A Trip to Dancing Rabbit

Principia Students Visit Eco-Village and Learn About Sustainable Living

On a mild Saturday afternoon in mid-September, six Principia College students from the Sustainability Club embarked on a journey to learn about Eco-villages.

Dancing Rabbit is an intentional living community in northern Missouri with about 70 people who are dedicated to living more sustainably. They are founded on the principles of mutual understanding, cooperation and consensus based decision-making to make Earth-friendly choices that lower their total resource use and carbon footprint. The average “rabbit”, as community members call themselves, uses 90% less energy, water and resources than the average American.

The community members can create this positive impact through a variety of innovative and cooperative living strategies. These strategies include, but are not limited to, off grid solar power, wind power, passive solar heating and cooling, solar hot water heaters, rainwater collection, solar ovens, composting toilets, growing food, raising livestock, increased development density and shared infrastructure.

Upon arriving at the village, the students were greeted by a delicious vegan lunch made with locally sourced fruits and vegetables at the village store, The Milkweed Mercantile. Some students bought handmade goods to support the community, which doesn’t see too much economic interaction from the outside world.

Immediately following lunch, the students attended a two-hour-long open house tour. The tour stopped at different community buildings with presentations by “rabbits” on various topics, ranging from renewable power to shared infrastructure and alternative sustainable building materials. Some highlights from the tour included a solar oven baking bread, a house with a flower garden on the roof, and a waterless compost toilet that senior Anna-Zoë Dorette said, “smelled really good.”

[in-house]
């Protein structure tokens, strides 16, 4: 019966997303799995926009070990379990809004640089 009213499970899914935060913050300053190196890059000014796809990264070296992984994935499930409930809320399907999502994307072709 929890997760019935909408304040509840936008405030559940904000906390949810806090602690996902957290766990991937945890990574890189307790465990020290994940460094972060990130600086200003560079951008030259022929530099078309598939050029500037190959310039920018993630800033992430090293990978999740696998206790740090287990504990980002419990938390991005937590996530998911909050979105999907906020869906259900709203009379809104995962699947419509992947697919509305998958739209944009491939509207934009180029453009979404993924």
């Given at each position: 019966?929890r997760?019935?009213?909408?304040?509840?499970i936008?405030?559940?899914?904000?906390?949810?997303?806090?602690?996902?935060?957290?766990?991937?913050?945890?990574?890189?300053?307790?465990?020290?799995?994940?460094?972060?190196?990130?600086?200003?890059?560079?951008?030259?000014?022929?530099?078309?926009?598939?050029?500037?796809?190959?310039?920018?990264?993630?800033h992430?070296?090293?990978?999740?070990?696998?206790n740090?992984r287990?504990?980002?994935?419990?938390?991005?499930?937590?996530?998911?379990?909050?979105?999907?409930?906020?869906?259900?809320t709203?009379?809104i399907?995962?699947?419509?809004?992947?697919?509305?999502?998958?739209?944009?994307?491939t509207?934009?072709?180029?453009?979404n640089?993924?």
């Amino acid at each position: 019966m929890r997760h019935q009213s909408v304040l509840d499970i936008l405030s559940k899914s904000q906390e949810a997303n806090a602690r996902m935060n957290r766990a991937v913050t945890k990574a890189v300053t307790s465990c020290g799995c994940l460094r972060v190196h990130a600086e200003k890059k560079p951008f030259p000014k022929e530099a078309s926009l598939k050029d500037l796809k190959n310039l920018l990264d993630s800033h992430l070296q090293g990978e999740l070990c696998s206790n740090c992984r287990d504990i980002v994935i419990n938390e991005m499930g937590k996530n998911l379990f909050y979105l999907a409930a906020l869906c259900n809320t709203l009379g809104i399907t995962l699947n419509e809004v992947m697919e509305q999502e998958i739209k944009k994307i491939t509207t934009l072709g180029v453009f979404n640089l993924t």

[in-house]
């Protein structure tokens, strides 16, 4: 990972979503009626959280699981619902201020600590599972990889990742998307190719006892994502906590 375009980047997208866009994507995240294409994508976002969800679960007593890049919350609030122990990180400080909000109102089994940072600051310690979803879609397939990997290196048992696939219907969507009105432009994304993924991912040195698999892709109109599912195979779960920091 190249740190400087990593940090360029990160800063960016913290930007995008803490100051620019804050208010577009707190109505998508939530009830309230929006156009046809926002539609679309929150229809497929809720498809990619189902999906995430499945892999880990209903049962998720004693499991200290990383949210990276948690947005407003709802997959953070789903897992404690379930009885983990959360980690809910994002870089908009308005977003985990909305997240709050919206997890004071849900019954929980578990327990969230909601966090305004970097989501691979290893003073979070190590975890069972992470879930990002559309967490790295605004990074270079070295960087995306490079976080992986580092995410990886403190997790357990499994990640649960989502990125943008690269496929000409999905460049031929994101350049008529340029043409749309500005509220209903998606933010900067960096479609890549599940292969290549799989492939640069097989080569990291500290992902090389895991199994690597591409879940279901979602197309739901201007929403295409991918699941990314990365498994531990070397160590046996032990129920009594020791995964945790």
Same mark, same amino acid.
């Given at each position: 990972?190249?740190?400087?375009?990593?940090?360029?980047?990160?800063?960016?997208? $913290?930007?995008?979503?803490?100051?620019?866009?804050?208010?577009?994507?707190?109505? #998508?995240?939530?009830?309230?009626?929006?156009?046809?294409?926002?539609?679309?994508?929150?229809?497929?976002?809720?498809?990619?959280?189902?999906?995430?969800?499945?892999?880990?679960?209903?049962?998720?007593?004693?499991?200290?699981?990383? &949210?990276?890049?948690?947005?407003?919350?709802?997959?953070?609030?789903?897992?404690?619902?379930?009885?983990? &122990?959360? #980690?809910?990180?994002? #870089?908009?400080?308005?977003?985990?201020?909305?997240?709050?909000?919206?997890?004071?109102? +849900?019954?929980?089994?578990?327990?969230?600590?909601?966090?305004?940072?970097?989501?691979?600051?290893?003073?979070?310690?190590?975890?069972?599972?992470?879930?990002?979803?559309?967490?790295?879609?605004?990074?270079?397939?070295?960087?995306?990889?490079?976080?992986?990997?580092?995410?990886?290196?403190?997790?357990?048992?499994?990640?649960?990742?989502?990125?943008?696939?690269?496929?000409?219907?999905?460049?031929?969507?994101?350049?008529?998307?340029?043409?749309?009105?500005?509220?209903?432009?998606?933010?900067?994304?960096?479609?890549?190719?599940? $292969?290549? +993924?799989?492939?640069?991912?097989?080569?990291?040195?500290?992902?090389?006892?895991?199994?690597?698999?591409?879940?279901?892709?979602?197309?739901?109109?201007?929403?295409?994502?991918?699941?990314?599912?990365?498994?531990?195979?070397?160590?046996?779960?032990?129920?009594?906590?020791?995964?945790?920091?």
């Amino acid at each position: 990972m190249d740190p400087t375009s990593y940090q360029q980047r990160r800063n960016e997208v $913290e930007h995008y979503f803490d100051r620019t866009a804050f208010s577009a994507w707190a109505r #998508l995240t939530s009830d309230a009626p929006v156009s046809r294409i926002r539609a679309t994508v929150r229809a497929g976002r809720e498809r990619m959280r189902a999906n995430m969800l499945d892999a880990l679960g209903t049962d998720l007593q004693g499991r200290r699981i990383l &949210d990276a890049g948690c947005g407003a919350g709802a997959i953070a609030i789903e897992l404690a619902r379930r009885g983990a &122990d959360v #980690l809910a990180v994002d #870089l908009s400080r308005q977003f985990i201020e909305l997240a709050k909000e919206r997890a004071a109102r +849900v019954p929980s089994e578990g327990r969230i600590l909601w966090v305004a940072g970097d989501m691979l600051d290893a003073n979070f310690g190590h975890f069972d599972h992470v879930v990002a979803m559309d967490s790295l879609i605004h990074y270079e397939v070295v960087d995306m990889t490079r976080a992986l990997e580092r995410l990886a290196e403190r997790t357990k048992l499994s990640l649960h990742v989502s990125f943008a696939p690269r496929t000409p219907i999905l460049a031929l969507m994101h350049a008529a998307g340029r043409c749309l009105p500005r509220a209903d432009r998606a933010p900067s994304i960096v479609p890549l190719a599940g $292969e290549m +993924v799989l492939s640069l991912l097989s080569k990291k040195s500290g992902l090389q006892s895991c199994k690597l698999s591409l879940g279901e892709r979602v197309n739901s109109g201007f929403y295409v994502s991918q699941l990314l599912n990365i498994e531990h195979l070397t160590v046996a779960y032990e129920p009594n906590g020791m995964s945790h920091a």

The Dancing Rabbit member’s intentional choices to foster community are of interest to students at the Principia. “It was great to see how they build community while understanding the importance of privacy”, said Dorette. “I felt that they struck a great balance between individual expression and community commitment.”

What the students found surprising were the varied forms of sustainable living they encountered at the eco-village. “Sustainability spans a broad spectrum of expression. There is no perfectly sustainable way to live. It depends on the person and what works for them,” said Alline Anderson, a founding member of Dancing Rabbit. “Over the years I have learned to be accepting of all different types of people with varied backgrounds and their individual choices.”

This level of communal love and acceptance impressed sophomore Forest Andresen. “The people here are just so happy and pure,” he said. “They are so confident in what they are doing and who they are in their lives.”

As a school, Principia works hard on being a sustainable campus. It is a growing part of the atmosphere of the college with fresh ways of going green popping up all the time. It will be exciting to see how the new ideas sprouted by the “rabbits” from the Eco-village become apart of our community here on campus.

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